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CHAIR REPORT, 2020—21


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Table of Contents Table of Contents 3 About Us (Mission Update) 4 Leadership 5 Coronavirus Pandemic 6-7 COVID-19 as of November 2020 8-9 Quarterly Meetings 10 Finances 11 Income 11 Expenses 12 Membership 12 Focus on DEAI 13 Preservation Education 14 Outreach 15 Partnerships 16 New and Next 17

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About Us In 2021 the mission of the Ohio Preservation Council (OPC) was updated to include education and mentor-ship. Additionally, more inclusive language was added to strengthen and encourage partnerships beyond the library and archives professions: The Ohio Preservation Council serves as a coalition of allied preservation professionals who recognize the serious threat to documentary heritage. Our membership includes preservation administrators, conservators, librarians, registrars, archivists, curators, collections managers, and the institutions they represent., and other colleagues who recognize the serious threat to documentary heritage. The Ohio Preservation Council members believe that cooperative, statewide efforts across geographic and professional lines are needed to meet preservation challenges. The Council shall serve as a forum for articulating preservation concerns, discussing conservation issues, sharing current information and promoting a systematic approach to preservation efforts, education and mentorship as well as materials conservation throughout Ohio. The Council shall: • Encourage the implementation of new preservation efforts at the institutional level. • Work to forge cooperative links among existing programs. • Seek to educate colleagues and the general public on the importance of preserving cultural heritage resources. • Seek to ensure positive action by institutional administrators, professional organizations and appropriate agencies of state and federal government. • Provide support and resources to allied students and those thinking about entering the field of preservation. • Perform other appropriate functions, which shall be within the bounds of efforts to preserve library and archival materials.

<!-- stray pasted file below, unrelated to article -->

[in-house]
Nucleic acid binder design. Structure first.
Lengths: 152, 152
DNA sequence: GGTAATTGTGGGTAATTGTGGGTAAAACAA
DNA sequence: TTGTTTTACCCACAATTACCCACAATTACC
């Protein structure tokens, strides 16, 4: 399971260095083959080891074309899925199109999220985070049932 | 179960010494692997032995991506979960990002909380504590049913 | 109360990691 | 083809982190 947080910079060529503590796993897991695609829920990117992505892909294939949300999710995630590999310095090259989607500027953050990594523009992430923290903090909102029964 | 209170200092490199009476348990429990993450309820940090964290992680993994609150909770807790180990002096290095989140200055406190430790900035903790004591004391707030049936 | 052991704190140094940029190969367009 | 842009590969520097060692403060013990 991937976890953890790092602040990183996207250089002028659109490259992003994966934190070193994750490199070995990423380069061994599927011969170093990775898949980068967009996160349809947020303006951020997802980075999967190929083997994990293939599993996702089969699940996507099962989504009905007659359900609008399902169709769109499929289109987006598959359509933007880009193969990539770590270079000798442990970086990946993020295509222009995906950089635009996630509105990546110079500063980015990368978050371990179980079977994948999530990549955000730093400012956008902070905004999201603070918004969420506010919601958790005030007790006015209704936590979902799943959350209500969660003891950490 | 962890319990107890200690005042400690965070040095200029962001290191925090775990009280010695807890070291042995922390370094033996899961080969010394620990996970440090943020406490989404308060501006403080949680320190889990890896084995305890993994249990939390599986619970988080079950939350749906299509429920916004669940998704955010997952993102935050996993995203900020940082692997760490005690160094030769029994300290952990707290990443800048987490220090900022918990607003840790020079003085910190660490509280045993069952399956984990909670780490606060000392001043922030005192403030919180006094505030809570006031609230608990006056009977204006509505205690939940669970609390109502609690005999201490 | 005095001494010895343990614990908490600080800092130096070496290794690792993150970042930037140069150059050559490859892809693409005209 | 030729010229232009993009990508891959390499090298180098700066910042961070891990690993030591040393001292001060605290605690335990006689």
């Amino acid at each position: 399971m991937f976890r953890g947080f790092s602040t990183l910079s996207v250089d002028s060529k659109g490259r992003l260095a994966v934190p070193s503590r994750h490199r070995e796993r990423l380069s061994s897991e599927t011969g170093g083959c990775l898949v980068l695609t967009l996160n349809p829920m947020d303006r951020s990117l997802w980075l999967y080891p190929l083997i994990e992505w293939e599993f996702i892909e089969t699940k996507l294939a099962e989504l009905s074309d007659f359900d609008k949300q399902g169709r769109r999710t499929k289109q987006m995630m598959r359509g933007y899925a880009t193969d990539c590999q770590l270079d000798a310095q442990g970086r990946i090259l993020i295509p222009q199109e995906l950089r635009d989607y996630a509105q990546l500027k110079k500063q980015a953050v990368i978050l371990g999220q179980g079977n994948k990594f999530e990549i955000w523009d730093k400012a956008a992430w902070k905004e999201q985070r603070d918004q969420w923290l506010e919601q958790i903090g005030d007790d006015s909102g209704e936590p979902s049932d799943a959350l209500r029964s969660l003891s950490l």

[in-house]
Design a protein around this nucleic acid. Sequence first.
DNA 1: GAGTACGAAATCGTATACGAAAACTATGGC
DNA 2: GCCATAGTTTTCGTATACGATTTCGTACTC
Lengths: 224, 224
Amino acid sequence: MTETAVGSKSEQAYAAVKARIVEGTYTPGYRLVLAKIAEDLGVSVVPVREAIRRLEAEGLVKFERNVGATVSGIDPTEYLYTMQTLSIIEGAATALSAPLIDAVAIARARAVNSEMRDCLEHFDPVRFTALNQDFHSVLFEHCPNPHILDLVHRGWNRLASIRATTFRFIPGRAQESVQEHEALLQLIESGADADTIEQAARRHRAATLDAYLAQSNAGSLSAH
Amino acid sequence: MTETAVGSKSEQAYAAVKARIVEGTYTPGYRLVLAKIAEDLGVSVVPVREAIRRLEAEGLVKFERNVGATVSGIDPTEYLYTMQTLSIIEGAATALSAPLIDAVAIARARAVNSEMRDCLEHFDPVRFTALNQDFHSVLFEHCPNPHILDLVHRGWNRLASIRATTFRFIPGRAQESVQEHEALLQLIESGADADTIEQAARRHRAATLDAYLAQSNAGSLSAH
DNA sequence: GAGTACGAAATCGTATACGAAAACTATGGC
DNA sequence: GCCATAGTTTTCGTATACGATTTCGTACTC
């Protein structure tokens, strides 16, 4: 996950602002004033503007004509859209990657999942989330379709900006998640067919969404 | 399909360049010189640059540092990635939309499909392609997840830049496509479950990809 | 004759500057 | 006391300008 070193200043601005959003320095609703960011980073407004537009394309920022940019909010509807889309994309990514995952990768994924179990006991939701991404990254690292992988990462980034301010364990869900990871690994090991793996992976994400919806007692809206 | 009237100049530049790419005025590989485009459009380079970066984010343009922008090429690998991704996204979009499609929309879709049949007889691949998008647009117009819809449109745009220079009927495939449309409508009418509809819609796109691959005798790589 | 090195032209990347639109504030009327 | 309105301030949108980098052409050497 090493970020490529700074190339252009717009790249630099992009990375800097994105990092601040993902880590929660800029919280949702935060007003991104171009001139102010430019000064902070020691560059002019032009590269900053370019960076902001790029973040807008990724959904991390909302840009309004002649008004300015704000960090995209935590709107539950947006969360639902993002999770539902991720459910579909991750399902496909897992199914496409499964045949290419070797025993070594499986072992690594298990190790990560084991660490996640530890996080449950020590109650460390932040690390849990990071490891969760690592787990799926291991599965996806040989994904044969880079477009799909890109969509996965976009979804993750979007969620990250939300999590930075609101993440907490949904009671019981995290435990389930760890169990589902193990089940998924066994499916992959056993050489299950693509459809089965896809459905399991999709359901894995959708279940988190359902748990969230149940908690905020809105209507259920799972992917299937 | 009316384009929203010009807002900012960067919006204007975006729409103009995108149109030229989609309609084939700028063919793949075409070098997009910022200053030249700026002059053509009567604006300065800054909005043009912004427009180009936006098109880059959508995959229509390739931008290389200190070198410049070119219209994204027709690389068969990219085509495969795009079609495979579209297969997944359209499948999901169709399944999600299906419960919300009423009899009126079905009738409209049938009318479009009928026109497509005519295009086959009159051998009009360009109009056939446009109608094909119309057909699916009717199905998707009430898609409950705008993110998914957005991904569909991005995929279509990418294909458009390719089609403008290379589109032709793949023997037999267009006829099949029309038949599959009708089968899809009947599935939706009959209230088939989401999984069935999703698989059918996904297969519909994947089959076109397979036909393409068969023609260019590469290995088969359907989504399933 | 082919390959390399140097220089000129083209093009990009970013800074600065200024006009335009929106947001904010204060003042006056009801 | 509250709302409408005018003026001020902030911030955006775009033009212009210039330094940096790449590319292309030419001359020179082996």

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OPC Leadership 2020—21 Chair – Carrie Phillips, Bluffton University (January - August 2020) Ashleigh Ferguson Schieszer, Cincinnati and Hamilton County Public Library (September 2020 – December 2021) Chair-Elect – Ashleigh Ferguson Schieszer (January – August 2020) James DaMico, Cincinnati Museum Center (September 2020 – December 2021) Finance Treasurer – Miriam Nelson, Ohio University Membership – Chloe Kie, Archivist, Columbus College of Art and Design (January 2020 – March 2021) Ashleigh Ferguson Schieszer (March 2021 – December 2021) Education and Programs – Holly Prochaska, University of Cincinnati Kim Hoffman, Miami University Libraries Marketing and Outreach – Andrew Mancuso, Case Western Reserve Libraries